All pupils at Hadrian have the right to have rich, deep learning experiences that balance all the aspects of computing. With technology playing such a significant role in society today, we believe ‘Computational thinking’ is a skill children must be taught if they are to be able to participate effectively and safely in this digital world. A high-quality computing education equips pupils to use creativity to understand and change the world. Computing has deep links with mathematics, science, and design and technology, and provides insights into both natural and artificial systems. At Hadrian Primary, we teach all three elements of computing: Computer Science, Information Technology and Digital Literacy in which pupils are introduced to a wide range of technology, including laptops, iPads and interactive whiteboards, allowing them to continually practice and improve the skills they learn. This ensures they become digitally literate so that they are able to express themselves and develop their ideas through information and computer technology– at a level suitable for the future workplace and as active participants in a digital world.
At Hadrian Primary School we value the contribution that ICT can make for the benefit of all pupils, staff, parents, governors and the wider community. Our aim is to provide an ICT rich environment which allows pupils to gain the confidence and ability to prepare them for the challenge of a rapidly developing and changing technological world.
We have 3 aims that underpin our vision:
At Hadrian Primary School we believe that in order for our children to leave as 'Digital Leaders' then the teachers must lead by example. Teachers at Hadrian must complete CPD training on computing as well as becoming an Apple Teacher. We are proud to say that all teachers at Hadrian Primary are now Apple Teachers and are all capable of using iPads and technology equipment. By completing training on how to use computers, various equipment and iPads, teachers now feel confident in teaching the next generation of Digital Leaders.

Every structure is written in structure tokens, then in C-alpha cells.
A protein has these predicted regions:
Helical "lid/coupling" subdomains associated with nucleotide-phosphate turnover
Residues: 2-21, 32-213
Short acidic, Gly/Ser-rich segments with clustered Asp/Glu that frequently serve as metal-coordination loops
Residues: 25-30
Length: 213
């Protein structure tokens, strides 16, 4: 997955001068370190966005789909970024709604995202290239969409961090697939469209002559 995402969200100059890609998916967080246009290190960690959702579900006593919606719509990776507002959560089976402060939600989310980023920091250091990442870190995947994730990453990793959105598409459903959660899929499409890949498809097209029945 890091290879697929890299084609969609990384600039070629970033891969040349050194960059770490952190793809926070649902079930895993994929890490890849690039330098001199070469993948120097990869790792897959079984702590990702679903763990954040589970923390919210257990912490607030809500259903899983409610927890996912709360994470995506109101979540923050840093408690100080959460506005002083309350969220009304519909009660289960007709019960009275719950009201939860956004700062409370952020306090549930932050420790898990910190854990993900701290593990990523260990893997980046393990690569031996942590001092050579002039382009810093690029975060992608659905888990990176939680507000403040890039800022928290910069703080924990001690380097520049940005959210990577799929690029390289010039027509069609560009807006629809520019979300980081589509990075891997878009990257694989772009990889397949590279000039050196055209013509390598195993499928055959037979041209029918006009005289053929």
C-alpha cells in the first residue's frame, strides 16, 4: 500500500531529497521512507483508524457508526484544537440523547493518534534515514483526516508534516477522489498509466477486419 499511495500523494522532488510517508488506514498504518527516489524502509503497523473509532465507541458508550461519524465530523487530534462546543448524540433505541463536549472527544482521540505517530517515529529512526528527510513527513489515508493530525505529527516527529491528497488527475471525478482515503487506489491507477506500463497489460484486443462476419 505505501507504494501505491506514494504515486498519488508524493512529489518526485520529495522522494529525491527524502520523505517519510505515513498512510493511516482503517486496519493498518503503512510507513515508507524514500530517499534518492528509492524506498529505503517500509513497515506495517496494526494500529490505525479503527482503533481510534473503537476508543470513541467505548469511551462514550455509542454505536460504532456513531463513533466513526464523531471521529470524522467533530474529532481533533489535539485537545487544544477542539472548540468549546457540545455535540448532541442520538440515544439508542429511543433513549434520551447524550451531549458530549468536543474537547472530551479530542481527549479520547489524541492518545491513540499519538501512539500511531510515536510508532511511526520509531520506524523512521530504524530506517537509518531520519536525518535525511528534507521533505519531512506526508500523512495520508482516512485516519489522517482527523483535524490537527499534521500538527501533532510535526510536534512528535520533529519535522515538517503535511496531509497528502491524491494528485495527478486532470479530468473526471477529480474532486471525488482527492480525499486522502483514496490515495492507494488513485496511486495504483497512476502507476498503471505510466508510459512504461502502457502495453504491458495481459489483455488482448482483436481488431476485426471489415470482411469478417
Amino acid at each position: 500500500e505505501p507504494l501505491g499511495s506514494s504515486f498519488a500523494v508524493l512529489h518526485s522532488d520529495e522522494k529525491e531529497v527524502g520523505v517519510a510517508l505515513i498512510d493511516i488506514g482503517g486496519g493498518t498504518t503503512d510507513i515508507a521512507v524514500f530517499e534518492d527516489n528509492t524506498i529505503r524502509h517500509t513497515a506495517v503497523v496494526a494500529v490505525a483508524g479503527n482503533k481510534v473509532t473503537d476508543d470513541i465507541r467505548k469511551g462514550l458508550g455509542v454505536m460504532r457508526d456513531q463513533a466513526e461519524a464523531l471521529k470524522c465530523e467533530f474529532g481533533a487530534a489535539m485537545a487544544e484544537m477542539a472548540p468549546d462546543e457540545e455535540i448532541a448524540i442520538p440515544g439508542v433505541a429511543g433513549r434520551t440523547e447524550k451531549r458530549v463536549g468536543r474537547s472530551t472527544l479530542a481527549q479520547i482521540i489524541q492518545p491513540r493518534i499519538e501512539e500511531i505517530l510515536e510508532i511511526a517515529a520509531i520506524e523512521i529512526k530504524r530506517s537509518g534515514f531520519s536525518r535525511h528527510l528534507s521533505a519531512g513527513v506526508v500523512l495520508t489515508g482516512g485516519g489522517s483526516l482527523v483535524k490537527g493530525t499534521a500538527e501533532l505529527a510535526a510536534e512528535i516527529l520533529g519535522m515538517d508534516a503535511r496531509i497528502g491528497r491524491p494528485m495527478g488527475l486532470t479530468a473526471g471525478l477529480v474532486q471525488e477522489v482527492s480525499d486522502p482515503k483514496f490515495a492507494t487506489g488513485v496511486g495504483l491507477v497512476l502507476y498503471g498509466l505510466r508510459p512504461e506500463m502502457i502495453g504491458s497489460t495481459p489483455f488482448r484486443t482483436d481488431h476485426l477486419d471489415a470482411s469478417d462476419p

The computing co-ordinator also completes training with all staff on relevant APPs or new programmes such as Seesaw to ensure that staff are confident in their use of technology.
At Hadrian Primary School, we follow a progression framework set out by South Tyneside to ensure that all of the children leave Hadrian with the skills in which they need for the future. This progression framework is then used to create a scheme of work for each year group which builds on the previous years' skills. This enables children to become advanced in the skills in computing across the three aspects of computing and it also enables teachers to build on prior knowledge. Children must master all of those skills in their year group in order to progress to the next stage - this enables us to keep high standards at Hadrian for computing.